Cycling literature makes a distinction between three types of cyclists: people with an average fitness level, people with a good fitness level, and top athletes. Riders with an average fitness can maintain a power output of 100 to 150 watts over a period of one hour. Riding a WAW, this translates to speeds of 35 to 40 km/h in ideal conditions. Drivers with a good fitness level can deliver 200 watts of power over a period of one hour, which translates to speeds of 45 to 50 km/h under the same circumstances. With 250 watts of power, the electric motor of the eWAW gives a person with an average fitness level, the power output of an athlete (100 + 250 watts = 350 watts).
The development team of VeloTilt consists of Will Schermer- the idea and funding guy, David Weilemaker- design and aerodynamics, George-emile Tokaya- design and ergonomics, Bram Smit- FFWD, design and construction, Jan Reus- composites, and Arnold Ligtvoet- commercial development. Wielemaker and Tokaya are both members of the Delft Technical University HPT team and were designers of the Velox2, which reached a speed of 129.6 Km/h (80.1 mph) at Battle Mountain, NV, so a lot of what they learned from that experience is going into this project.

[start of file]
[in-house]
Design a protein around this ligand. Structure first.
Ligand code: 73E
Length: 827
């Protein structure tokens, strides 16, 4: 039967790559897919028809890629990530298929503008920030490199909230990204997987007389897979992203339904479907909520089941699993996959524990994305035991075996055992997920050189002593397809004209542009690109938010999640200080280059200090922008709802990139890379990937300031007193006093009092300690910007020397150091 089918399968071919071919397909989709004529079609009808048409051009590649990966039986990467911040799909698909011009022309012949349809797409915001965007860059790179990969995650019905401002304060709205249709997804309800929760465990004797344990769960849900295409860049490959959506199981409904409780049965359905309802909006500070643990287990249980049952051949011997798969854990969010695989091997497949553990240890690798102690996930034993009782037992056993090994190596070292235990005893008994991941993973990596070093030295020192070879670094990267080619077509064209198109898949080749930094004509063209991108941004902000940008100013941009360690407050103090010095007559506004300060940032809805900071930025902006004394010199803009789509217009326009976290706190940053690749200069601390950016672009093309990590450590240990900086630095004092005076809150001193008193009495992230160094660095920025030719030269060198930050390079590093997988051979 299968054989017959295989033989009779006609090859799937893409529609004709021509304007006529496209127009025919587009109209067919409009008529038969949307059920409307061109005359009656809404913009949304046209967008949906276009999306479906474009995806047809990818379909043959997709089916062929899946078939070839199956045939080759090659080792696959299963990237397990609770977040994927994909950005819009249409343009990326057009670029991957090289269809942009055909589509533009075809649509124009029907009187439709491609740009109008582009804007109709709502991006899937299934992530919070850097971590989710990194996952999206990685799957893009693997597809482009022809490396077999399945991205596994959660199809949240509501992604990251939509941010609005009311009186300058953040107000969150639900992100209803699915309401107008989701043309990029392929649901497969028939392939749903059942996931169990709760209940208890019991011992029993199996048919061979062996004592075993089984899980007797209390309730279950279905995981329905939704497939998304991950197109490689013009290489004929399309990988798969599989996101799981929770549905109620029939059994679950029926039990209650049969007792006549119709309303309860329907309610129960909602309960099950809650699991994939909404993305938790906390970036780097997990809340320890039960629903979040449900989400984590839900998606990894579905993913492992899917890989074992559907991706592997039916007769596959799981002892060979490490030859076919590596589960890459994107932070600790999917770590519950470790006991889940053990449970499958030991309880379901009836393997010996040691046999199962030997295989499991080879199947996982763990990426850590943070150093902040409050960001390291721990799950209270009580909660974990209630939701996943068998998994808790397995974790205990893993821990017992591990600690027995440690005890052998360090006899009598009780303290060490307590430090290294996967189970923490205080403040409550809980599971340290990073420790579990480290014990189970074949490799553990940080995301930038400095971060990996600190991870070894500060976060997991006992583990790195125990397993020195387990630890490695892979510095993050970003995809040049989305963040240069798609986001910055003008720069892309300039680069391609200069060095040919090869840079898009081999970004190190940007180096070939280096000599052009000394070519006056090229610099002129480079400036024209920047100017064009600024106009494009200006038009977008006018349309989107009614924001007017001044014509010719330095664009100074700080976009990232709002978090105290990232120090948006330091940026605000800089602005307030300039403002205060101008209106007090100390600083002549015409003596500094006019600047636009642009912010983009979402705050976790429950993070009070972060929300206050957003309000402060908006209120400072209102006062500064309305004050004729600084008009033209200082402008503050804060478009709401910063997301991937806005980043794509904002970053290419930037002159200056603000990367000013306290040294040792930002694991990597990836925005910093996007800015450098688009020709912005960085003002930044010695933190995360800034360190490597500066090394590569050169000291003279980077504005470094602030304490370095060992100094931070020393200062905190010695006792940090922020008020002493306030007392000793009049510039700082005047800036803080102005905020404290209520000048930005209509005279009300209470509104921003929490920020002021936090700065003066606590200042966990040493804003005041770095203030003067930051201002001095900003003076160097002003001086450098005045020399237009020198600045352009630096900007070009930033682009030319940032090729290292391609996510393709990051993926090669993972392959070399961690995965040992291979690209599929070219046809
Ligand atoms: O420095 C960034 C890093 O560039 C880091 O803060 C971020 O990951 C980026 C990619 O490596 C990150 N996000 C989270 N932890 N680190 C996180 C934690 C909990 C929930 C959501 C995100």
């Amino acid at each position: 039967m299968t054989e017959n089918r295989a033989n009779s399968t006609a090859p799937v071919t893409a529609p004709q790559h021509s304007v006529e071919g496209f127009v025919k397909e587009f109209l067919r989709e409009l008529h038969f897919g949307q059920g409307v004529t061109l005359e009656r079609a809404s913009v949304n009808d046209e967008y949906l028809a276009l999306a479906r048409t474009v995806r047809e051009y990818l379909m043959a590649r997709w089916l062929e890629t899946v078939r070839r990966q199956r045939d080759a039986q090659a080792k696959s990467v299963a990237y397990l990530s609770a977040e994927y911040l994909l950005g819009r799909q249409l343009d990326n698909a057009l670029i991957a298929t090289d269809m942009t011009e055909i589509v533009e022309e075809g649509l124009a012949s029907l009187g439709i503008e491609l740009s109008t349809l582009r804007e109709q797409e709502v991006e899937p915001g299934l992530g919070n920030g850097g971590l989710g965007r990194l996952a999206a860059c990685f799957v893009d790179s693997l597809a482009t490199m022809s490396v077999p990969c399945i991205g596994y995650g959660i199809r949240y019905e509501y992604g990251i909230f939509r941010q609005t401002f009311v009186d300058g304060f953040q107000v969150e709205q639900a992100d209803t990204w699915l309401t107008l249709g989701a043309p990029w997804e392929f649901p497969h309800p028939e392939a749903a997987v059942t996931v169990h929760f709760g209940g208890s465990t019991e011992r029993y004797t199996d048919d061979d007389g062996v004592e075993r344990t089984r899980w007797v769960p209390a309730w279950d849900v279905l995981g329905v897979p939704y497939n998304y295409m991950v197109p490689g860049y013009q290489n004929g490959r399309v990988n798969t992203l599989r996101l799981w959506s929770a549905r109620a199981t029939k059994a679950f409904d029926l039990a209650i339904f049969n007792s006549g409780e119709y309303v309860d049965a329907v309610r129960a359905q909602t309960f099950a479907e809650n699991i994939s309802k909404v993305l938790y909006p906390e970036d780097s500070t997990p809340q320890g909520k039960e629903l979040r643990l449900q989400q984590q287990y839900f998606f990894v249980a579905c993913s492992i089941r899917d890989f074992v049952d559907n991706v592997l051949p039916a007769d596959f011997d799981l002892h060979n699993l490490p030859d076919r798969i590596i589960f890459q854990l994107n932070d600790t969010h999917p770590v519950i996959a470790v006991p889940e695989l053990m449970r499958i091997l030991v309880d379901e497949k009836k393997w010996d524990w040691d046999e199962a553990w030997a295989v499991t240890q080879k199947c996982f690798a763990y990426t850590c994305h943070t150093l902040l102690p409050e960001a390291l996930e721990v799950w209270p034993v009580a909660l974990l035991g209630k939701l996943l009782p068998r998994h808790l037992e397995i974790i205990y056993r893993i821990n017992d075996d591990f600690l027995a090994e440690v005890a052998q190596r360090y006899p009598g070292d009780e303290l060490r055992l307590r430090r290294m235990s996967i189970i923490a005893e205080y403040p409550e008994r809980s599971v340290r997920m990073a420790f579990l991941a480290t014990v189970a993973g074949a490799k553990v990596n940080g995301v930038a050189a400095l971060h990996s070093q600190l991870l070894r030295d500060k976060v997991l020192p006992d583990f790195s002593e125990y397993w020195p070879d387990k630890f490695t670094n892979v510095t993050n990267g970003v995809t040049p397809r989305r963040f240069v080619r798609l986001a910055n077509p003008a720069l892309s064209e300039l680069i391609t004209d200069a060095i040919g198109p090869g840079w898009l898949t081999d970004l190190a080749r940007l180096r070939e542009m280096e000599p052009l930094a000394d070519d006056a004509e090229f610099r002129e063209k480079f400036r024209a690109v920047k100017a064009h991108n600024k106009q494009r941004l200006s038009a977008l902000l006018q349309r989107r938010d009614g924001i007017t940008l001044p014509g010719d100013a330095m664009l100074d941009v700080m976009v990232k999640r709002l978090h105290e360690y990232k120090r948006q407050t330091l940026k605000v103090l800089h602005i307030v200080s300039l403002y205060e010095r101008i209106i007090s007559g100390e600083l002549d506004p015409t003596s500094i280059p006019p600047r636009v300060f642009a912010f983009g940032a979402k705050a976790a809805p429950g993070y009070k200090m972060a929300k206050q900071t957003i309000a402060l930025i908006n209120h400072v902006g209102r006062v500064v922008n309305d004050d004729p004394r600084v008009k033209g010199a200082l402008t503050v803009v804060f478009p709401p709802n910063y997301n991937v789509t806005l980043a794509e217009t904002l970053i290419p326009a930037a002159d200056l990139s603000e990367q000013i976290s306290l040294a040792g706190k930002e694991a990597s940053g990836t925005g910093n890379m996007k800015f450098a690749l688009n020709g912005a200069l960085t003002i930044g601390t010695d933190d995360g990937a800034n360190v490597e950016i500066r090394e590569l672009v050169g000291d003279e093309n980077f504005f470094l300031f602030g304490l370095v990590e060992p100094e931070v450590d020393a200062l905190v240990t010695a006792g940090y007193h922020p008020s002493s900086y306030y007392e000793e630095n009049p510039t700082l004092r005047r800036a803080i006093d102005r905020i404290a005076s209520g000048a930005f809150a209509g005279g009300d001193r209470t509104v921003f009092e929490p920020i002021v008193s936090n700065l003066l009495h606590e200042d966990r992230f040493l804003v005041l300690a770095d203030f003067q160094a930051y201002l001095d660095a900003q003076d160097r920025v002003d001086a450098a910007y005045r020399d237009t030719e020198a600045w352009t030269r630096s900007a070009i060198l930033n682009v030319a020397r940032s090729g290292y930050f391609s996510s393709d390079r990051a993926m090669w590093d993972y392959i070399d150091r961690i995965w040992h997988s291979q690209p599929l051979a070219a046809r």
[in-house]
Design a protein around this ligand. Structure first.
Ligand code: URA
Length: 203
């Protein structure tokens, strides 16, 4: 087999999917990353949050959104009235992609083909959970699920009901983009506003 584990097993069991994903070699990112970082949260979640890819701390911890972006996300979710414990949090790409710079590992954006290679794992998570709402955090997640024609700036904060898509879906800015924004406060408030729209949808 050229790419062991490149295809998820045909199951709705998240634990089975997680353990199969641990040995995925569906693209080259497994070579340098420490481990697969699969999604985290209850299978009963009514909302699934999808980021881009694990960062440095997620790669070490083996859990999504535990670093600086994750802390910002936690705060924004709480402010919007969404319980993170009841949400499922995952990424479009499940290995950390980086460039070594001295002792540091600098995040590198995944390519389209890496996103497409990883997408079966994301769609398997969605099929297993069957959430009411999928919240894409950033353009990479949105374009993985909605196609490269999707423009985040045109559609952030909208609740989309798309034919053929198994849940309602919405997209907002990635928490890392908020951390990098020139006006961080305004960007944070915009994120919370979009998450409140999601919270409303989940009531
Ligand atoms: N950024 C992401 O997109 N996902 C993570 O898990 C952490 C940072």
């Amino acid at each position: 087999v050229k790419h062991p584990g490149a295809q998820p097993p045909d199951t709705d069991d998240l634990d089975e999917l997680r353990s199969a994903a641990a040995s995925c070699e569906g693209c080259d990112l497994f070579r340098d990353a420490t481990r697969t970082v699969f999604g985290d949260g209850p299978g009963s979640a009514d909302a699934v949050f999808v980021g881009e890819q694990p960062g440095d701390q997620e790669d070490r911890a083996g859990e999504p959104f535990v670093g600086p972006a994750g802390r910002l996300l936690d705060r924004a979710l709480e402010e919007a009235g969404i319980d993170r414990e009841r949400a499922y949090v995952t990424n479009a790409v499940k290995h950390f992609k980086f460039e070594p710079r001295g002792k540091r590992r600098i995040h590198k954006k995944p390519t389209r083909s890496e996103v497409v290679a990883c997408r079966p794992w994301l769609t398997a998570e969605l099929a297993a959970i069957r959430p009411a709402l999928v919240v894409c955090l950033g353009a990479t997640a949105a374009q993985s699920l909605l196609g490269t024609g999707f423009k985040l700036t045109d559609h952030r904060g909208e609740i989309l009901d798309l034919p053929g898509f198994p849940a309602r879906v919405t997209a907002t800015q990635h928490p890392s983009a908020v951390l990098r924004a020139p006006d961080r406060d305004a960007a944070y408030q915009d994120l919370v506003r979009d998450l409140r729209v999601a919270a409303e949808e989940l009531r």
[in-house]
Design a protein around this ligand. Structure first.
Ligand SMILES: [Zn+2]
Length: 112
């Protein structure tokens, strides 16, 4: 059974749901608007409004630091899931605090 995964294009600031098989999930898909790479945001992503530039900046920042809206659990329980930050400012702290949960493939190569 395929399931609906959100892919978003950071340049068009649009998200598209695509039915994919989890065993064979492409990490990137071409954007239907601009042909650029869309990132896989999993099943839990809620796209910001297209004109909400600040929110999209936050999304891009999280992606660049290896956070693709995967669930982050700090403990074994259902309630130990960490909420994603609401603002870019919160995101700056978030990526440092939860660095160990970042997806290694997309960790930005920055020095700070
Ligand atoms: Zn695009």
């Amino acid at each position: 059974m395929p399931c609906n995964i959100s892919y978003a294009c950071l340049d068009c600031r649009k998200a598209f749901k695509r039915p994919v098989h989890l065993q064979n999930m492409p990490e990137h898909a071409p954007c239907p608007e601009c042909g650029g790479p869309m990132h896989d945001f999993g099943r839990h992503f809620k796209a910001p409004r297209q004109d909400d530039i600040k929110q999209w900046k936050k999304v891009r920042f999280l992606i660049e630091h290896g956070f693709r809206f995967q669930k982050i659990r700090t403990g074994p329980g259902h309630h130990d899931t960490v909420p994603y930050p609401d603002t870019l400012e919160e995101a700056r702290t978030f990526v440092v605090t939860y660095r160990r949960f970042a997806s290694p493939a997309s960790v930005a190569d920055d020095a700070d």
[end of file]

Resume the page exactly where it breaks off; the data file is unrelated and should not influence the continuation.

In a presentation the team pointed out a few issues with current velomobiles: Not always easy to enter and exit, Fall over when cornering too fast, Limited cargo space, Not easy to maintain, Require a large storage area. So they also outlined the design goals for the VeloTilt project: Tilting for safe cornering and fun to ride, Easy entrance, Usable for people from 1.6 to 2 meter ( roughly 5’ 4” to 6’ 7”), 70 liters of luggage space, Excellent braking, Speed 55km/h with 150 watts of power, All technical parts easily accessible, Storage in .8 x 1 meter space.
The eight-foot-long, three-foot-wide trike is a breakthrough in the world of velomobiles thanks to its ability to lean into turns. Three-wheel vehicles, by contrast, are prone to roll-overs when cornering at speed. The VeloTilt team spent more than two years tackling that “locking” problem, wrestling over how to keep the body upright when it needed to be while still allowing it to lean smoothly around turns. What’s more impressive, the entire body is held on with four bolts, as is the drivetrain assembly to the chassis and all parts can be found in a well-stocked bike shop. The Velo Tilt comes with a trunk that you can easily store your groceries in. Drivers will have the option to purchase a one-horsepower electric wheel and small battery that would help power the bike to 60 mph for 160 miles.